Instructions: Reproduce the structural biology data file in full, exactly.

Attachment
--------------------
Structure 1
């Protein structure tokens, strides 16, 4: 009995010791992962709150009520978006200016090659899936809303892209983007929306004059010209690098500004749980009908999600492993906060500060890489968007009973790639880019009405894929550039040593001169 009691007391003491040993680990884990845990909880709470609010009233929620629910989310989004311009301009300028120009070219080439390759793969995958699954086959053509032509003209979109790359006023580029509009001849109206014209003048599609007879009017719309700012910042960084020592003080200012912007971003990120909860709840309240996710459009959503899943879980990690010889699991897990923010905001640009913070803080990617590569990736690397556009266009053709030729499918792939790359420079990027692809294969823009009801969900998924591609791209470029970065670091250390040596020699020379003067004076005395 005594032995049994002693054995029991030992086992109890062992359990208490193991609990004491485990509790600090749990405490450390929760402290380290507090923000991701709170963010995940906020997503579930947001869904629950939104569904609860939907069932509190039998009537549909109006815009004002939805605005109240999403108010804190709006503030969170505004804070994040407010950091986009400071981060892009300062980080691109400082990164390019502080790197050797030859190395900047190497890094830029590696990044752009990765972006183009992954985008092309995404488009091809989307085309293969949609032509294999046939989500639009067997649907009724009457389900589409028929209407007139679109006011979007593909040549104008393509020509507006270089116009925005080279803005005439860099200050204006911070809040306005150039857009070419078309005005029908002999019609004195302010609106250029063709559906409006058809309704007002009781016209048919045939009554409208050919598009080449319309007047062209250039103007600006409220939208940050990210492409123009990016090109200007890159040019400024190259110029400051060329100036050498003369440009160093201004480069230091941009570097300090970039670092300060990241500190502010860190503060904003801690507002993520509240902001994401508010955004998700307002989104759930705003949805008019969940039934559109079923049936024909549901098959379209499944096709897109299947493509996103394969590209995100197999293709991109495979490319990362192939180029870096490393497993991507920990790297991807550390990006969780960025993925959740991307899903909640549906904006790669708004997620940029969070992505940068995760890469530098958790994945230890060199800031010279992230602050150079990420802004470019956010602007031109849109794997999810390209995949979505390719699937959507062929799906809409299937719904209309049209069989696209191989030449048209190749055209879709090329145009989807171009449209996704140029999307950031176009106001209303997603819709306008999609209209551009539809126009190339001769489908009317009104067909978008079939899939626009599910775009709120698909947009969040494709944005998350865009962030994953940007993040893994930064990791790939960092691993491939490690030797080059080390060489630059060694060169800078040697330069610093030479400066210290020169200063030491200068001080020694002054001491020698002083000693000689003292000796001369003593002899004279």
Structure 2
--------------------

Structure 1
């Protein structure tokens, strides 16, 4: 009995010791992962709150009520978006200016090659899936809303892209983007929306004059010209690098500004749980009908999600492993906060500060890489968007009973790639880019009405894929550039040593001169 009691007391003491040993680990884990845990909880709470609010009233929620629910989310989004311009301009300028120009070219080439390759793969995958699954086959053509032509003209979109790359006023580029509009001849109206014209003048599609007879009017719309700012910042960084020592003080200012912007971003990120909860709840309240996710459009959503899943879980990690010889699991897990923010905001640009913070803080990617590569990736690397556009266009053709030729499918792939790359420079990027692809294969823009009801969900998924591609791209470029970065670091250390040596020699020379003067004076005395 005594032995049994002693054995029991030992086992109890062992359990208490193991609990004491485990509790600090749990405490450390929760402290380290507090923000991701709170963010995940906020997503579930947001869904629950939104569904609860939907069932509190039998009537549909109006815009004002939805605005109240999403108010804190709006503030969170505004804070994040407010950091986009400071981060892009300062980080691109400082990164390019502080790197050797030859190395900047190497890094830029590696990044752009990765972006183009992954985008092309995404488009091809989307085309293969949609032509294999046939989500639009067997649907009724009457389900589409028929209407007139679109006011979007593909040549104008393509020509507006270089116009925005080279803005005439860099200050204006911070809040306005150039857009070419078309005005029908002999019609004195302010609106250029063709559906409006058809309704007002009781016209048919045939009554409208050919598009080449319309007047062209250039103007600006409220939208940050990210492409123009990016090109200007890159040019400024190259110029400051060329100036050498003369440009160093201004480069230091941009570097300090970039670092300060990241500190502010860190503060904003801690507002993520509240902001994401508010955004998700307002989104759930705003949805008019969940039934559109079923049936024909549901098959379209499944096709897109299947493509996103394969590209995100197999293709991109495979490319990362192939180029870096490393497993991507920990790297991807550390990006969780960025993925959740991307899903909640549906904006790669708004997620940029969070992505940068995760890469530098958790994945230890060199800031010279992230602050150079990420802004470019956010602007031109849109794997999810390209995949979505390719699937959507062929799906809409299937719904209309049209069989696209191989030449048209190749055209879709090329145009989807171009449209996704140029999307950031176009106001209303997603819709306008999609209209551009539809126009190339001769489908009317009104067909978008079939899939626009599910775009709120698909947009969040494709944005998350865009962030994953940007993040893994930064990791790939960092691993491939490690030797080059080390060489630059060694060169800078040697330069610093030479400066210290020169200063030491200068001080020694002054001491020698002083000693000689003292000796001369003593002899004279």
Structure 2